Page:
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June 2022 Newsletter

A Summer of Sound!

Hello, Friends.
As graduation baccalaureates and commencements draw to a close for the season, we can turn our attention to two upcoming summer events at the Cathedral of Saint Paul: the University of Minnesota summer alumni band concert and the Latvian Song and Dance Festival. Both events will be unique opportunities to hear beautiful music!
Also, be sure to read to the bottom of the newsletter for opportunities to participate in voice recordings for our new edition of the Cathedral Saint Paul Virtual Tour Series.

The U of M Alumni Summer Band

The University of Minnesota Band Alumni Society(UMBAS) comes together every summer to practice and put on shows throughout the Twin Cities metro area. The Cathedral will host the band’s final summer show at 7 p.m. onThursday, August 4th, 2022. Made up of 125 alumni from the U of M and other local universities, their musical repertoire ranges from the Go Gopher Victory march to the Jurassic Park soundtrack. Check out their Facebook page for more information on events and how to support the U of M Alumni Band.

Latvian Choir Concert

A once-in-a-lifetime concert experience comes to Minnesota this month! The Latvian Song and Dance Festival occurs every five years and gathers people from all over the world to enjoy the rich culture of Latvian arts. Although typically hosted in the capital city Riga, this summer’s festival travels abroad to perform here in Saint Paul. The Cathedral has been fortunate to be chosen as the first venue in an extravagant string of performances throughout the Twin Cities. A special combination of local and international choristers will perform this Welcome Concert at the Cathedral, at 7:30 p.m., Wednesday, June 29, 2022. 
The concert will feature music by the world-renowned choral music composer Ēriks Ešenvald. The choral groups performing will be a unique combination of Anima from Latvia and Mangun Chorum from the Twin Cities. Paired beautifully with the acoustics of the Cathedral, Ešenvald plans to premiere his new musical masterpieces at this concert. See the video to the right for a glimpse of what to expect.

Featured in the Cathedral: Ernest M. Skinner Sanctuary Organ

Musical artistry at the Cathedral begins with the two magnificent pipe organs.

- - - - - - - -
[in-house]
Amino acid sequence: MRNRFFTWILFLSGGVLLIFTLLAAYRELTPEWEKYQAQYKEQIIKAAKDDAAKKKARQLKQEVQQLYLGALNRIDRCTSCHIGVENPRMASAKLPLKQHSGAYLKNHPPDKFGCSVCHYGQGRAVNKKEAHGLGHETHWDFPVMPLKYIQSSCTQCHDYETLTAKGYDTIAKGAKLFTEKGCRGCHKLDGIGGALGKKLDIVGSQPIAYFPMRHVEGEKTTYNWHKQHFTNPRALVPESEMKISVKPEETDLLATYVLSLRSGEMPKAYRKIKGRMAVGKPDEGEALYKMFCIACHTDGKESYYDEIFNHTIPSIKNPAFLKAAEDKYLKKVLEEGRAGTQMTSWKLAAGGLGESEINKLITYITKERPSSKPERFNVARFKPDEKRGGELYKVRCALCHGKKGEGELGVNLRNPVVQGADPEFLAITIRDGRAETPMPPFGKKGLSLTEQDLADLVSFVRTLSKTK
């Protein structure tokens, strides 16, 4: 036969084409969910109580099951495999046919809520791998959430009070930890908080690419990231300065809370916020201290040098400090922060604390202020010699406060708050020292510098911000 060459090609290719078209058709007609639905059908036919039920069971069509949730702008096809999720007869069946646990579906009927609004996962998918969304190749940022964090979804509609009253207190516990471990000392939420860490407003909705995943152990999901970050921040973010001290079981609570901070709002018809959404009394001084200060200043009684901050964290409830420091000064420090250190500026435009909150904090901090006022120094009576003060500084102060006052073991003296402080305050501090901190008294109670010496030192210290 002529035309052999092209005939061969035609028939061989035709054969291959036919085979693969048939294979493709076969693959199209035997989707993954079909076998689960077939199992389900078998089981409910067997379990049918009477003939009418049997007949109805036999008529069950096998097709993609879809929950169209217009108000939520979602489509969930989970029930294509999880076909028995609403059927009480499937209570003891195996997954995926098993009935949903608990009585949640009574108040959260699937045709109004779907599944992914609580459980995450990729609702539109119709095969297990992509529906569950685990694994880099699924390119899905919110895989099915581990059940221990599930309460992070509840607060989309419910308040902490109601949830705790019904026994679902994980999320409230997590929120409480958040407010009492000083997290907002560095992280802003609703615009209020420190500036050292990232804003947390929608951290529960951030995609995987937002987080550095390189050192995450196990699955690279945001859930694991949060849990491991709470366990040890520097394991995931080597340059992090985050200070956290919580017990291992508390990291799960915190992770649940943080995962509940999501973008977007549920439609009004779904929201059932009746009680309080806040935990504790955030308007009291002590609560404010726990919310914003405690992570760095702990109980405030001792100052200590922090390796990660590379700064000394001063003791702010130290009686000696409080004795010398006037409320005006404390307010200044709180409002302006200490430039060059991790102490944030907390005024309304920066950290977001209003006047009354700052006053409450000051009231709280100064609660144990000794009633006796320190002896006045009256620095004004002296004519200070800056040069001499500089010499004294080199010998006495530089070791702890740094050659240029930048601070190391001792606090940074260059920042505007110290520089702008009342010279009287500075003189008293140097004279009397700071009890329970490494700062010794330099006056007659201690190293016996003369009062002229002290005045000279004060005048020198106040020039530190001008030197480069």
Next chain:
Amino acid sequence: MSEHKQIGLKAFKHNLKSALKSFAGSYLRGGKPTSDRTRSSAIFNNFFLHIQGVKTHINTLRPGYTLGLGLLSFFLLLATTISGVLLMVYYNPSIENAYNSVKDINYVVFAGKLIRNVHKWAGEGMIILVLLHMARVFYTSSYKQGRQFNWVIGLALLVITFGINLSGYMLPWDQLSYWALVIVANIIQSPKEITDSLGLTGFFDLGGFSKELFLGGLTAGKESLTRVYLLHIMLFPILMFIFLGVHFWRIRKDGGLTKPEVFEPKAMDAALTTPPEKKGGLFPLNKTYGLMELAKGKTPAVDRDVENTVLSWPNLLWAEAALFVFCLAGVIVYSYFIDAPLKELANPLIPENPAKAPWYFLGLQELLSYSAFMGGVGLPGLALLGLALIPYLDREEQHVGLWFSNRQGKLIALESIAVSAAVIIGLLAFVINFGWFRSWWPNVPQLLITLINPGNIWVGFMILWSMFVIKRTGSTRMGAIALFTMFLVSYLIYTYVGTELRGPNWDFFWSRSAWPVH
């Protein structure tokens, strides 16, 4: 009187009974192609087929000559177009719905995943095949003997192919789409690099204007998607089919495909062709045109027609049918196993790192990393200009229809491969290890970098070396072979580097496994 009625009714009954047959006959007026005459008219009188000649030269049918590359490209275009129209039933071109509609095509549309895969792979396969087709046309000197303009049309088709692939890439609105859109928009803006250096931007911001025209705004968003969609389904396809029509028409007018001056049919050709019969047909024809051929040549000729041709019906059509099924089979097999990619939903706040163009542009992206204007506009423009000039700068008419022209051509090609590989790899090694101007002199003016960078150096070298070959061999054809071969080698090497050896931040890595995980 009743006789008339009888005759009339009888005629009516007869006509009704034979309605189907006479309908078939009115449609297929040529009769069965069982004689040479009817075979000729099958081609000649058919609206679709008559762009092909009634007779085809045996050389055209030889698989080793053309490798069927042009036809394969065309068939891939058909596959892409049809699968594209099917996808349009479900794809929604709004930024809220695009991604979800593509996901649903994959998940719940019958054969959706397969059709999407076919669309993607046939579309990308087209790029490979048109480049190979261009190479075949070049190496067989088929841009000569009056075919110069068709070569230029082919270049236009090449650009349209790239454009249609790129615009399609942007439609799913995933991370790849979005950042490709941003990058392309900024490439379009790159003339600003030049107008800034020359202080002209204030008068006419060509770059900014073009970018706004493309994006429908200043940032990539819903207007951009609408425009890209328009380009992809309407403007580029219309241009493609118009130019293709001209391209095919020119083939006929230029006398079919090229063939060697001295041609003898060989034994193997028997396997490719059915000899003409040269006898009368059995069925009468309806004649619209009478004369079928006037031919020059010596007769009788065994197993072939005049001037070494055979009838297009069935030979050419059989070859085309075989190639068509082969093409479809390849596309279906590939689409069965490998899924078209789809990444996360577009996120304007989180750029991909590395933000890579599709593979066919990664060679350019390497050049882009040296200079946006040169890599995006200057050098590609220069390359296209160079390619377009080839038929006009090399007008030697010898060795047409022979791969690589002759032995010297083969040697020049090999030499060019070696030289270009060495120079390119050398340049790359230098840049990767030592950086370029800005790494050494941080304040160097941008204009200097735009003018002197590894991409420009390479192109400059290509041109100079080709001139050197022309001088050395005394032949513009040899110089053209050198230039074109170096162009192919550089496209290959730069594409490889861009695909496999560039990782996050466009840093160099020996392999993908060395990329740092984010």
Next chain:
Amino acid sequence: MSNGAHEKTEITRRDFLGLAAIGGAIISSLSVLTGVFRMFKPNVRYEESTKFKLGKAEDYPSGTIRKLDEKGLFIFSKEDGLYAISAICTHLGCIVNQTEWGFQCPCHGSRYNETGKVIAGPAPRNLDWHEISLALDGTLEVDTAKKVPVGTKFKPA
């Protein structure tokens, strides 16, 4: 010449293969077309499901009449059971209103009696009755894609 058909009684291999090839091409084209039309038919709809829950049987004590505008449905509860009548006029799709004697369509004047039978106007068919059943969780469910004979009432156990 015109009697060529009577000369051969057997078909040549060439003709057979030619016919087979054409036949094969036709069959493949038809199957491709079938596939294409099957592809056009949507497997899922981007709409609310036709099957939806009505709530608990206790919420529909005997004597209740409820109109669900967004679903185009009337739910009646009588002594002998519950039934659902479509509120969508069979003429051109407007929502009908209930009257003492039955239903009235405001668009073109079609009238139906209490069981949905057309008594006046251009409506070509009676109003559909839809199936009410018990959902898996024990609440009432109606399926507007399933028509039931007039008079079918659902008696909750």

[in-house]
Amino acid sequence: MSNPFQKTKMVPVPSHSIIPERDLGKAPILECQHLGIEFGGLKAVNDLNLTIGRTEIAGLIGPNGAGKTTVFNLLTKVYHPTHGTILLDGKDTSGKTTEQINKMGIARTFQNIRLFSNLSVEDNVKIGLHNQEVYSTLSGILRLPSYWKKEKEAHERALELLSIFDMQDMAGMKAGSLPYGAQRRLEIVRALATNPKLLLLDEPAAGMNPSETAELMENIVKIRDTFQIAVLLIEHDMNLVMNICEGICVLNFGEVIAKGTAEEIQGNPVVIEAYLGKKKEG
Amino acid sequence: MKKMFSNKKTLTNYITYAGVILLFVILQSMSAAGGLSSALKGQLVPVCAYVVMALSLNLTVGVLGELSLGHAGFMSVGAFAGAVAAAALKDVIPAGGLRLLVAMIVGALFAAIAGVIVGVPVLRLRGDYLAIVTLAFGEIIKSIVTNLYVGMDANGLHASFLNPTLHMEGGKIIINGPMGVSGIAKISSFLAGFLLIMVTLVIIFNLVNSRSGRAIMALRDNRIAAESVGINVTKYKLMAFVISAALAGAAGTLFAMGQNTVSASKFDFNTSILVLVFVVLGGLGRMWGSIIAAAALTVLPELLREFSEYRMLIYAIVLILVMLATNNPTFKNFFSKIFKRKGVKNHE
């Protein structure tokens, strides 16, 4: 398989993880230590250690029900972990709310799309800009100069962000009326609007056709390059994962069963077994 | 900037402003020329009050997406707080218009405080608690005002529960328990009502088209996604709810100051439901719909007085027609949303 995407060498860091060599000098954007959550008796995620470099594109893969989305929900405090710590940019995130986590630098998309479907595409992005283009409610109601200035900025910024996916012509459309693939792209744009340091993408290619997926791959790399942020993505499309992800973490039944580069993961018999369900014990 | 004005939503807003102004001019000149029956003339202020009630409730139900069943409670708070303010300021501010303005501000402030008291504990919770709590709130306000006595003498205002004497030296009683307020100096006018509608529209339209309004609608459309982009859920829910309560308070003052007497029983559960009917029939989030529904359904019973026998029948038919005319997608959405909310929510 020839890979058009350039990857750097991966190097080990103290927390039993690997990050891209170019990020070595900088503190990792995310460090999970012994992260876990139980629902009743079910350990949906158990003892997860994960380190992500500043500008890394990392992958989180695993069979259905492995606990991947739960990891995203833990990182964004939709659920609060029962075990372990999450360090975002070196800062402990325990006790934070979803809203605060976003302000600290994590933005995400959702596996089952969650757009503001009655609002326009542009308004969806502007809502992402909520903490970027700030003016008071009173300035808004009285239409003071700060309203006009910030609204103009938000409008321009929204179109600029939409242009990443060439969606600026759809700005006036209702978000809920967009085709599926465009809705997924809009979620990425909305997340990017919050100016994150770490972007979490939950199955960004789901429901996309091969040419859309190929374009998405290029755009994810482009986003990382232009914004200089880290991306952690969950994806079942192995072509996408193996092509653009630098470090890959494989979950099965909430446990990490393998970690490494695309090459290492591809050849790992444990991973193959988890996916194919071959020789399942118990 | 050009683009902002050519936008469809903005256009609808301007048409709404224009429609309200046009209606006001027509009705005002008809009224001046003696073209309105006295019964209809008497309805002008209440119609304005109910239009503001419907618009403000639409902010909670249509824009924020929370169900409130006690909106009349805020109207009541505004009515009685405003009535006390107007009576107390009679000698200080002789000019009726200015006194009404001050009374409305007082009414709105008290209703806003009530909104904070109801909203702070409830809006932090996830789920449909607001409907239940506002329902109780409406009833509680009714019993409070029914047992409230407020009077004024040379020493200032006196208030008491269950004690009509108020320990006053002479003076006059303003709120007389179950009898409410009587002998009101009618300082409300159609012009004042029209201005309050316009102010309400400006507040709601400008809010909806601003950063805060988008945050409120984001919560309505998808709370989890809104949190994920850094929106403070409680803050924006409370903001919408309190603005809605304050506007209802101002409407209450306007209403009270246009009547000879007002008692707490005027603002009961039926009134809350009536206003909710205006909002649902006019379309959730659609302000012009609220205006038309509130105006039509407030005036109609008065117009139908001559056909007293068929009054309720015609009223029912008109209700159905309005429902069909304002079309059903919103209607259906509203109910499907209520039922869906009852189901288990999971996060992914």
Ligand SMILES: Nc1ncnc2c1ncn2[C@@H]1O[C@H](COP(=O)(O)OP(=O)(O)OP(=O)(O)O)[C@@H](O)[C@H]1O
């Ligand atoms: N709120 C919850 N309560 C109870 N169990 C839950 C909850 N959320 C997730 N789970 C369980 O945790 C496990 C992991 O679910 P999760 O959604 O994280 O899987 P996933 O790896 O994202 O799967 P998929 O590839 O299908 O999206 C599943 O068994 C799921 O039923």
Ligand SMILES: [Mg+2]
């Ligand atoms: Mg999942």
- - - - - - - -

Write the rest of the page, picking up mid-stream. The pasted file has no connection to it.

The Ernest M. Skinner sanctuary organ lays claim to the title, “oldest.” Located behind the main altar and behind an ornamental screen, the sanctuary organ creates a powerful sound that fills the enormous interior on its own, or it can also be played in concert with the gallery organ (located above the main church in the choir gallery) from either console.
Unique to organs, this “king of instruments” requires the musician to employ their heels, toes, and hands to create sound. With more than 2,000 pipes in the sanctuary organ, this massive installation proved to be a monumental addition to the Cathedral in 1927. The parish added the second organ which sits up high in the gallery, in 1963. Watch this video of a KSTP TV reporter learning how to play the gallery organ before it underwent the expansion finished in 2013.

Gallery organ (picture here):64 ranks, 3832 pipes.
Sanctuary organ:30 ranks, 2041 pipes.
Grand total:94 ranks, 5873 pipes!
The summer’s extreme heat and humidity can damage the organ wood and leather, creating new challenges for the sound production in the Cathedral. Please consider donating here to help keep our organs in top shape!

We need your help!

We are currently in the process of creating a new virtual guided tour and are in need of expressive reading voices to help record the narration.
Currently seeking native speakers in the following languages: Chinese, Japanese, Ukrainian, and Italian.
There will be 27 chapters to record – ranging between 60 and 90 seconds each. Financial compensation will be provided. Reach out to Carolyn Will at [email protected] or 612-414-9661 if you would like to assist with this project.